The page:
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Candor, Constructive Conflict Keys To Good Social Policy

The views expressed are those of the author and do not necessarily reflect the views of ASPA as an organization.

By Christine Springer
March 6, 2015

Springer marchSocial policy comes from decisions made within a governmental or political setting regarding guidelines, principles, legislation and activities that affect human welfare. Good social policy requires good decision making by public managers which must include divergent thinking and productive conflict. The term “social policy” also refers to policies which govern human behavior. When it comes to public managers, this aspect is critical. Public managers need to structure the decision making process so that diverse perspectives, interests and expertise are heard and taken into consideration before reaching closure.

We have learned over time that the deciding-how-to-decide process is critical to making effective social policy. For example, in 1961 President John F. Kennedy’s decision to support the Bay of Pigs invasion in Cuba was made based upon CIA officials filtering the information and analysis that Kennedy saw and excluding officials who might have exposed the plan’s weaknesses. In 1962, when the Cuban missile crisis arose, Kennedy overhauled his foreign policy decision making process from deferring to CIA experts to including “skeptical generalists” and “devil’s advocates” and lower level officials and outside experts to participate in free discussion meetings. By doing so, America’s involvement in the Cuban missile crisis was far more successful. Its success, according to historians, was based upon Kennedy’s willingness to investigate previously flawed judgments and assumptions as well as how the decision making process was flawed. To do so, requires that the process be:

1. Structured to encourage candor and constructive conflict.
2. Open, fair and legitimate.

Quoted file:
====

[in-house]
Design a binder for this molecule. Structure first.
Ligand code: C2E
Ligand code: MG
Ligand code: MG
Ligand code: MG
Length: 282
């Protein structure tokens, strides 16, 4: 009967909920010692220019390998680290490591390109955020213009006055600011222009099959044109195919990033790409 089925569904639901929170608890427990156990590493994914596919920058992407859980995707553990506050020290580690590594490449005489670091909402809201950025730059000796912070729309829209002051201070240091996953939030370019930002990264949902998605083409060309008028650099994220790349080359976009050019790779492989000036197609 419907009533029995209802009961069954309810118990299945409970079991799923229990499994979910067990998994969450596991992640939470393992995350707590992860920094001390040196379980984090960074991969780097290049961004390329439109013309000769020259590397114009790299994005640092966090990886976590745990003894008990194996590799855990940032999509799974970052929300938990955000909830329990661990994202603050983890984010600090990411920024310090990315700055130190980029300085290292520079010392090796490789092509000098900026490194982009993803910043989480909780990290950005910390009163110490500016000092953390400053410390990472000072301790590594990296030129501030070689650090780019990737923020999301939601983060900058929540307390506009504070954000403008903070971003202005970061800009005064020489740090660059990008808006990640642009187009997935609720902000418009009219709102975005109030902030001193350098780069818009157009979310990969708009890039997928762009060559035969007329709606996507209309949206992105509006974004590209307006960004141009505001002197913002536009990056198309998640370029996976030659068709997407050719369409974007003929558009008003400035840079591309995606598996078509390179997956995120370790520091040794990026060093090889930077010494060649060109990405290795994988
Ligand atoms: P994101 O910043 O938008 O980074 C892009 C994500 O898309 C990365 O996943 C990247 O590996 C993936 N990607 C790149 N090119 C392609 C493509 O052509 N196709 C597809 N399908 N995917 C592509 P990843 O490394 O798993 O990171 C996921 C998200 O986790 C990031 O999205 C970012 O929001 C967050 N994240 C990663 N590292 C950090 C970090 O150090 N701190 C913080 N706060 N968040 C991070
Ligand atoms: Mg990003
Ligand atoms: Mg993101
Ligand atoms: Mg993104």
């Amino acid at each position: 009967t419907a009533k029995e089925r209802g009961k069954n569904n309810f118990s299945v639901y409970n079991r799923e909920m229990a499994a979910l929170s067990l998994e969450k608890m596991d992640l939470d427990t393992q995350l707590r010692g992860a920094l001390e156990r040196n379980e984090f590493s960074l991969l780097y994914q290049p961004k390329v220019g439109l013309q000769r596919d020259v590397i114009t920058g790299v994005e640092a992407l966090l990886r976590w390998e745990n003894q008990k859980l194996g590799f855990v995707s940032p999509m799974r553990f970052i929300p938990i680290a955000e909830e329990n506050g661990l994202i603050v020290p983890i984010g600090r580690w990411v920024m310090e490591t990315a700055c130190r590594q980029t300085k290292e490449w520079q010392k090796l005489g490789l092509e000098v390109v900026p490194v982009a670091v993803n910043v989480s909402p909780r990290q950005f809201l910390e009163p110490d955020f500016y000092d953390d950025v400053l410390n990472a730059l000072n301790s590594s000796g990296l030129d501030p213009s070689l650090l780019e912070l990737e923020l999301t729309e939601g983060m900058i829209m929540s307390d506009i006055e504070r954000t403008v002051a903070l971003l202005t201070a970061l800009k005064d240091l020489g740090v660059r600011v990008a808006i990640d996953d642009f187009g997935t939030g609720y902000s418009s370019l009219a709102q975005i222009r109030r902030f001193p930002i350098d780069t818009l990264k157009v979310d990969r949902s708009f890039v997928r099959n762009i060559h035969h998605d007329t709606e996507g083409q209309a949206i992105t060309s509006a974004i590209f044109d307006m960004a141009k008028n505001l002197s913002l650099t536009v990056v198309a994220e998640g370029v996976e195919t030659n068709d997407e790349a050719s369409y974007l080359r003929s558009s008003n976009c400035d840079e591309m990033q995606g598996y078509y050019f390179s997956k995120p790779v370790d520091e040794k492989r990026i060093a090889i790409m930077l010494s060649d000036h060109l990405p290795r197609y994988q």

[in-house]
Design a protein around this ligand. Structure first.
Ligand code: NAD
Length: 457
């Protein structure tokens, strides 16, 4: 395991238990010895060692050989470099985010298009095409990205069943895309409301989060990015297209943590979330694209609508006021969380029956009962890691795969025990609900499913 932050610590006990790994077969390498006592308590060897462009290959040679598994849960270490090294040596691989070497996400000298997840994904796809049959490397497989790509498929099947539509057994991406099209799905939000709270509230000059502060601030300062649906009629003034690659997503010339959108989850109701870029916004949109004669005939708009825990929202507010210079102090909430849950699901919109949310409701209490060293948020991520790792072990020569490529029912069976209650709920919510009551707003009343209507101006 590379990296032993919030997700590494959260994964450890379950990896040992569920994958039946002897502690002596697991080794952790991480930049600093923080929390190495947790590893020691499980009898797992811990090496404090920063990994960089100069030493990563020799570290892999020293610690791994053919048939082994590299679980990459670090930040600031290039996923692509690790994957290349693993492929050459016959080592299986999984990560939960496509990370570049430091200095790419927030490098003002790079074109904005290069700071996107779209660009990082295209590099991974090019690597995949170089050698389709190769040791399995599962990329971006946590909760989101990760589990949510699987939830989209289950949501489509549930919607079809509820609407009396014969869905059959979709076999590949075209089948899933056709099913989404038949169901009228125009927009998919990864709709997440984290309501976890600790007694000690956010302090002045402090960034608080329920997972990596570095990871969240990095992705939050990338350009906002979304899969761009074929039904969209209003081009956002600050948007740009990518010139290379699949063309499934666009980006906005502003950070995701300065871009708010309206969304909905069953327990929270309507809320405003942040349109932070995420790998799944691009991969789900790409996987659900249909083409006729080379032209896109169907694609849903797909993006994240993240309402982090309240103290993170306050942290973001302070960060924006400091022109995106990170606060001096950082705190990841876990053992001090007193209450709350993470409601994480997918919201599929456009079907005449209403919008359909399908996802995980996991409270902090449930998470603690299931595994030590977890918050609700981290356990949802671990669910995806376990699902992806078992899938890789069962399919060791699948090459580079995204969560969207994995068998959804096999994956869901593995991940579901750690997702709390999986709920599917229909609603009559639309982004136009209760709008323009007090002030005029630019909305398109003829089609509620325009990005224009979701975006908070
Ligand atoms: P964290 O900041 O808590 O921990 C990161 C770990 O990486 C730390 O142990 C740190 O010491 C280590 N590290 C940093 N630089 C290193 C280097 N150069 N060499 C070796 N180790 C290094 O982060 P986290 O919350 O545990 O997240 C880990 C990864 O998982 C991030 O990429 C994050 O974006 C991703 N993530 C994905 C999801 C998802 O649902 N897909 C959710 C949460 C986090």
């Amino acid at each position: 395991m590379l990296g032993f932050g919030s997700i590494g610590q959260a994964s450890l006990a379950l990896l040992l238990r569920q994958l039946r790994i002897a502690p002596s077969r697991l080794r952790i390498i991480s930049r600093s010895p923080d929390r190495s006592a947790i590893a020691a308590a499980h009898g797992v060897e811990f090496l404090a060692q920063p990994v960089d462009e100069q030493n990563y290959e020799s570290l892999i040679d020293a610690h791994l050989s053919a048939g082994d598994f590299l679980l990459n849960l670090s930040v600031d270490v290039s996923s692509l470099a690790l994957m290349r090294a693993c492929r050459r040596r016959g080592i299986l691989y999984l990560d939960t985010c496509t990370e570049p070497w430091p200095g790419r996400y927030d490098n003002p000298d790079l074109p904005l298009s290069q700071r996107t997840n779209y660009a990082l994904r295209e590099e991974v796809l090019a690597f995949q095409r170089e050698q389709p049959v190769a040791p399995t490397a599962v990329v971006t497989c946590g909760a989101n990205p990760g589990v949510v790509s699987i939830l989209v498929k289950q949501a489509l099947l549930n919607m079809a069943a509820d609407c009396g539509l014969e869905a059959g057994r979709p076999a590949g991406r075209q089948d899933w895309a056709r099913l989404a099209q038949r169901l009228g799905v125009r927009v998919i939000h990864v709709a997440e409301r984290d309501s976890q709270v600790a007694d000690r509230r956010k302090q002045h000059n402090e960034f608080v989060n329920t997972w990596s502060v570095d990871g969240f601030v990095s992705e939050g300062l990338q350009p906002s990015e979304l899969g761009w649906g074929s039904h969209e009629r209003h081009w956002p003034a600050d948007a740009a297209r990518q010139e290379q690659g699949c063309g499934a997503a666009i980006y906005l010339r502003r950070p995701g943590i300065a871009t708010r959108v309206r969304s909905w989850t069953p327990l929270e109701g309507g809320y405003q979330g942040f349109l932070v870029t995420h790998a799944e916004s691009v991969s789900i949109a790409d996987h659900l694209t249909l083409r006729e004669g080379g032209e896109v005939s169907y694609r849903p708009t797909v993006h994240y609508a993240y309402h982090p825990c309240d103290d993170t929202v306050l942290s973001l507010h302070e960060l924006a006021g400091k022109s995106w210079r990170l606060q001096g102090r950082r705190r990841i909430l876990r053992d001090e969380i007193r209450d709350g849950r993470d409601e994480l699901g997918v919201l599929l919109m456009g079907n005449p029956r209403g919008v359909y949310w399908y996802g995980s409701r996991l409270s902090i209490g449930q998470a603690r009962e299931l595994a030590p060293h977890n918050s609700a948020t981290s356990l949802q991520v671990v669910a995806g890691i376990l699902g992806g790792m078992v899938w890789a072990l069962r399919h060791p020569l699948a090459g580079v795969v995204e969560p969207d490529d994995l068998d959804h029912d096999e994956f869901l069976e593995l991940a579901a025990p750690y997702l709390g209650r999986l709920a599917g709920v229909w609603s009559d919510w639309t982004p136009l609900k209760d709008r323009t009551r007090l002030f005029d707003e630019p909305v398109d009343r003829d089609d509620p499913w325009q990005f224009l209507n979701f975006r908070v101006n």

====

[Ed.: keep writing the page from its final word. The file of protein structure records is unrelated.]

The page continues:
3. Closure is reached by breaking complex issues down into manageable parts, transitioning into decision mode by setting clear expectations for how the final decision will be made and communicating how the decision maker’s role will change at a critical juncture in order to achieve timely closure.

Encouraging candor and constructive conflict requires an understanding of how people engage with each other and how barriers to candor can be eliminated. Responding to organizational obstacles to candor requires that structural and cultural factors be addressed. Constructive conflict exists when individuals are encouraged to keep raising interesting questions that provoke new lines of discovery, keep trying to understand others’ positions and remain open to new ideas. It becomes destructive when individuals repeat worn-out arguments, opposing groups dig in their heels, loud voices dominate and individuals cross the line from issue evaluation to personal criticism.

Open, fair and legitimate processes welcome individuals with diverse perspectives, interests and expertise to express themselves and influence decisions. Individuals care about the outcomes but they care equally about the process. If they perceive that the process is unfair, they are far less likely to commit to the plan or even agree with much of what it requires. Fair processes provide a “cushion of support” for authorities when they make an adverse ruling. When procedures are viewed as fair, people receiving unfavorable verdicts express nearly the same satisfaction as those who won. Individuals tend to perceive decision processes as fair when they: